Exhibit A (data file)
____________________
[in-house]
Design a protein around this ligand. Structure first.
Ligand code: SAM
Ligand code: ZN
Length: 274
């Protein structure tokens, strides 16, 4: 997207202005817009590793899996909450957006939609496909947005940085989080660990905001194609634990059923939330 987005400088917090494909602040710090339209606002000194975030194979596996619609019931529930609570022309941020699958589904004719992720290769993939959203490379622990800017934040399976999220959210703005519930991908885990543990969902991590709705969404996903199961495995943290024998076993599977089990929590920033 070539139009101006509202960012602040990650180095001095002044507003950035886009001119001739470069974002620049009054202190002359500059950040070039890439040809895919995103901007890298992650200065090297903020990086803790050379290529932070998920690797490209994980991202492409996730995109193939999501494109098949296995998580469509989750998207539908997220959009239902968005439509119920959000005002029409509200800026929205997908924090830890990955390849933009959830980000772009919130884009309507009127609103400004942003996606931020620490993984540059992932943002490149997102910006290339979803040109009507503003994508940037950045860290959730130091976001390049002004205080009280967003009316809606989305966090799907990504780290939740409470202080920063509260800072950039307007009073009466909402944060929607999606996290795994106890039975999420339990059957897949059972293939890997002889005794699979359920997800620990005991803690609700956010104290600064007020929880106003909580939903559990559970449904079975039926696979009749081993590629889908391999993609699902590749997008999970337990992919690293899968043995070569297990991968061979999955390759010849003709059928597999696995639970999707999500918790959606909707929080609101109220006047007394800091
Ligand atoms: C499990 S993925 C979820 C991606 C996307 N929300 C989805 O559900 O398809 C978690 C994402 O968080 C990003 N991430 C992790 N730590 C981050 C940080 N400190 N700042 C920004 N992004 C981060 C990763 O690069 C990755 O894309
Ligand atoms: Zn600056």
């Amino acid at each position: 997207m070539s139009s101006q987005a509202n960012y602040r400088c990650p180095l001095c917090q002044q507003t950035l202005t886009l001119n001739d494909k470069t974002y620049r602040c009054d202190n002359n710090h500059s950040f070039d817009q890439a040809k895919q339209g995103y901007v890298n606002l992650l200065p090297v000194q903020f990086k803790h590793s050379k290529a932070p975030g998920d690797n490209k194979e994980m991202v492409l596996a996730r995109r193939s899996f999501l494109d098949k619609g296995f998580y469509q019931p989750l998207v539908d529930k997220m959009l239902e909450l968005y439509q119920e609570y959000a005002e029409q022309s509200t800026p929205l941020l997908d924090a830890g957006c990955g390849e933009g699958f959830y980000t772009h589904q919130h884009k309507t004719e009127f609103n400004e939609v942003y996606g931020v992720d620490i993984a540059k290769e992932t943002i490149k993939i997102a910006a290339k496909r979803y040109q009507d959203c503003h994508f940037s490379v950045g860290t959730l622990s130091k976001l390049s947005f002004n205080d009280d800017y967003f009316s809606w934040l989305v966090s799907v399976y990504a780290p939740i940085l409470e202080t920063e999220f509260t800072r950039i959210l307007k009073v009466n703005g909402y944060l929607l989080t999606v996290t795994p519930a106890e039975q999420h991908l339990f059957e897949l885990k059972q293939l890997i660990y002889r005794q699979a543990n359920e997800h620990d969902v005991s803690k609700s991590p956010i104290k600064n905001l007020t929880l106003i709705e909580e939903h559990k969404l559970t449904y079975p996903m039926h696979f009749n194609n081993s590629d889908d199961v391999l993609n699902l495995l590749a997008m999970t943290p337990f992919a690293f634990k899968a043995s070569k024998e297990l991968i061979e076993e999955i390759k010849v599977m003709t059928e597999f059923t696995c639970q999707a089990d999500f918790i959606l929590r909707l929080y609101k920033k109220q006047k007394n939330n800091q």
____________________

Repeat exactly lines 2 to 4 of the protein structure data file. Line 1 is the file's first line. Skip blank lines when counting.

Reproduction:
Design a protein around this ligand. Structure first.
Ligand code: SAM
Ligand code: ZN